Another strong track is ‘New York Morning’, starting off simply with just vocals and piano before gradually building in intensity. Not a homage to the Big Apple as the name might suggest, but a critique of the emptiness of a vacuous city where everyone has their own big idea. Despite their extended time abroad their Britishness remains undimmed as the exclamation “oh, my giddy aunt, New York can talk” draws a wry smile. ‘Real Life (Angel)’ tackles the age old theme of loves past and new, grabbing you as the lead vocal is underpinned with the repeated chant of the “angel” to stunning effect. In the minimalist electronic pulse of ‘Honey Sun’ there are elements of their frontman’s ‘Bulletproof Love’ collaboration with Massive Attack. Percussion, piano and layered vocals are all present and correct amidst the often sudden changes of tempo. On a record where tender love and coming home to that special someone abound, this is the emotional flip-side. A story of broken devotion and covering up lies that merits its sinister sonic coating.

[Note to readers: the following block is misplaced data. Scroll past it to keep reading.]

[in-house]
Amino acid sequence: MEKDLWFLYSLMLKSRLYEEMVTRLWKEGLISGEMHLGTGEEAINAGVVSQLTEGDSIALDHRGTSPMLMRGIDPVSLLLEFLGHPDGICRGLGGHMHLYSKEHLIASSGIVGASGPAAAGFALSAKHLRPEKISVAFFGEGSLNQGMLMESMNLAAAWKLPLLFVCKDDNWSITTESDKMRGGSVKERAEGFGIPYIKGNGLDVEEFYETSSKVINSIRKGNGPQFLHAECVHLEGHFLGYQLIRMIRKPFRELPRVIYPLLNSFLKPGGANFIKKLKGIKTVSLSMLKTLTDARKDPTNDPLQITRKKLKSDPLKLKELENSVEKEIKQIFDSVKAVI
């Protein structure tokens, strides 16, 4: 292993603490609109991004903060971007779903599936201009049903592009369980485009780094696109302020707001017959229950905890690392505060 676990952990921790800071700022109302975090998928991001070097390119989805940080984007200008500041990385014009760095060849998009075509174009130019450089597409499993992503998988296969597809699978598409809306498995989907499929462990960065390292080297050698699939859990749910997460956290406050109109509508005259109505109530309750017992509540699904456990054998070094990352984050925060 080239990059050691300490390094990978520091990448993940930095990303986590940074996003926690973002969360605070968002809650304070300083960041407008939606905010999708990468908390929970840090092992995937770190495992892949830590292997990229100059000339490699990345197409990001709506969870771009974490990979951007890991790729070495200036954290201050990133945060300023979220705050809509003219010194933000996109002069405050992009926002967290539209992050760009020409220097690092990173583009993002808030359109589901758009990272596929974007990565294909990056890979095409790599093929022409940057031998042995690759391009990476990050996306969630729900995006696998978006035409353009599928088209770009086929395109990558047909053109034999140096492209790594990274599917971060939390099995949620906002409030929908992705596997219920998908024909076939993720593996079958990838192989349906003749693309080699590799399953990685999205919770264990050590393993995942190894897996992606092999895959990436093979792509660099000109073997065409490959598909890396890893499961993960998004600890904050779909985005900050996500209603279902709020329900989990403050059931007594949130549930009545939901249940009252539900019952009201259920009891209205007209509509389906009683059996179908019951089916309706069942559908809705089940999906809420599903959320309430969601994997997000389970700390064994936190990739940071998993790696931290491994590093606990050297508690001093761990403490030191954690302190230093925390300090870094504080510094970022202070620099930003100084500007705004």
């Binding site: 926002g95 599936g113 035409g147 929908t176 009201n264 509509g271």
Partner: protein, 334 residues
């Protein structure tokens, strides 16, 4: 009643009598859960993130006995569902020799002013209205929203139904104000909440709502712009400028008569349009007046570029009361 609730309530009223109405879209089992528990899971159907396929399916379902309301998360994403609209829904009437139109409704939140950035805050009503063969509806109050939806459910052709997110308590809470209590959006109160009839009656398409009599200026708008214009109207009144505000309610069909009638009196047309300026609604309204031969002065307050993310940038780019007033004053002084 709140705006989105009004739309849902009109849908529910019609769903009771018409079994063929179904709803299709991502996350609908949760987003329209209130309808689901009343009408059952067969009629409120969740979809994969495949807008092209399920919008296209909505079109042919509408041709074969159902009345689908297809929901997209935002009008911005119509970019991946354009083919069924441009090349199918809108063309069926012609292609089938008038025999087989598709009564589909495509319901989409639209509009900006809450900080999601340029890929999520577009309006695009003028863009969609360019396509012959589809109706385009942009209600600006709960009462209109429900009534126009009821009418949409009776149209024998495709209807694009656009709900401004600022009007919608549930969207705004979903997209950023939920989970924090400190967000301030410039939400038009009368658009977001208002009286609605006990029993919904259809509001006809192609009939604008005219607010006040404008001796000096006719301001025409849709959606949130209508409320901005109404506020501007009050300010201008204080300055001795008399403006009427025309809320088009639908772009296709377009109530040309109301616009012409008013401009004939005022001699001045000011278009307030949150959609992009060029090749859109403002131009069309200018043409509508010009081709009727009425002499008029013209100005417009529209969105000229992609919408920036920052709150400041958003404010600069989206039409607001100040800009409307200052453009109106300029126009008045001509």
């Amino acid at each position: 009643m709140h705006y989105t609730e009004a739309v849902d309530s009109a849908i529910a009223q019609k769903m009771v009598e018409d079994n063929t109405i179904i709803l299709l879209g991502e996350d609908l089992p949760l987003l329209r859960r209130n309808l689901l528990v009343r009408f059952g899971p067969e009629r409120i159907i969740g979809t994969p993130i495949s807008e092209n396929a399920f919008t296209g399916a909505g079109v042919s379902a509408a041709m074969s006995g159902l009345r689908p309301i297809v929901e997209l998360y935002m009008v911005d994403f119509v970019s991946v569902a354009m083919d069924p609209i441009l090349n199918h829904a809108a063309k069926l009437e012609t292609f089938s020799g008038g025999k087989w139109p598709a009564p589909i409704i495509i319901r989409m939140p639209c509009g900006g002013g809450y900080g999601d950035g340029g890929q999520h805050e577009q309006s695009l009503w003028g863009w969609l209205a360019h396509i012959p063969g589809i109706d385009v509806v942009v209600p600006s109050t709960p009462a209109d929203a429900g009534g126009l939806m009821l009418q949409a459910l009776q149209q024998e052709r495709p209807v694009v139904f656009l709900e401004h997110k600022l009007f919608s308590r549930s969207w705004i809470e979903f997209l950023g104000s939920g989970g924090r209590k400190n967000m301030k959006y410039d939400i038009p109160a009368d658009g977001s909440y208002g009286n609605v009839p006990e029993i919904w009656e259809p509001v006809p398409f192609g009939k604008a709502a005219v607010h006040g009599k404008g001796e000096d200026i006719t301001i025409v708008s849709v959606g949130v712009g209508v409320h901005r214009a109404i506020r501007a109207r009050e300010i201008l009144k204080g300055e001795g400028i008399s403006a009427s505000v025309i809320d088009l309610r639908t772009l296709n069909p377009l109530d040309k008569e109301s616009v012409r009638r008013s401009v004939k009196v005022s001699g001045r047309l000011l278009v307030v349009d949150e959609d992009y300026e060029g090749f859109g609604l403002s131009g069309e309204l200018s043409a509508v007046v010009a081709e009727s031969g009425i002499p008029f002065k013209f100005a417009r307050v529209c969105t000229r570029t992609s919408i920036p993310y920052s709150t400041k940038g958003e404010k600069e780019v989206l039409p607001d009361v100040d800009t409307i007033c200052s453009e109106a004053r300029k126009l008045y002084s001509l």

‘My Sad Captains’ is an ode to evenings drinking on park benches that recalls Blur’s ‘Tender’ in its woozy feel and repeated gospel like refrain. Disappointingly ‘Colour Fields’ lacks focus but the title track sets proceedings immediately back on track. It’s one of the many songs here that hits the six-minute and over mark, giving ample opportunity for intricacy and subtlety. The record closes in a more foreboding mood, a dark seafaring tale packed with metaphor whose base of synths and strings is the perfect fit for the subject matter.
Elbow sound revitalised here with Garvey proving himself once more to be one of the most eloquent British songwriters around. While ‘Build A Rocket Boys’ was merely fleetingly brilliant, ‘The Take Off and Landing Of Everything’ is consistently strong. It may not quite be the experimental record the band had hinted at but it’s unlikely to see them installed as X-Factor guest performer perennials any time soon.
More like this
The Elbow frontman curated the nine-day long event at London’s Southbank Centre earlier this month.
The Elbow main man spills on his curation of this year’s Meltdown.
Frontman’s first work comes out this October.
It’s the title track of the band’s new EP, released today.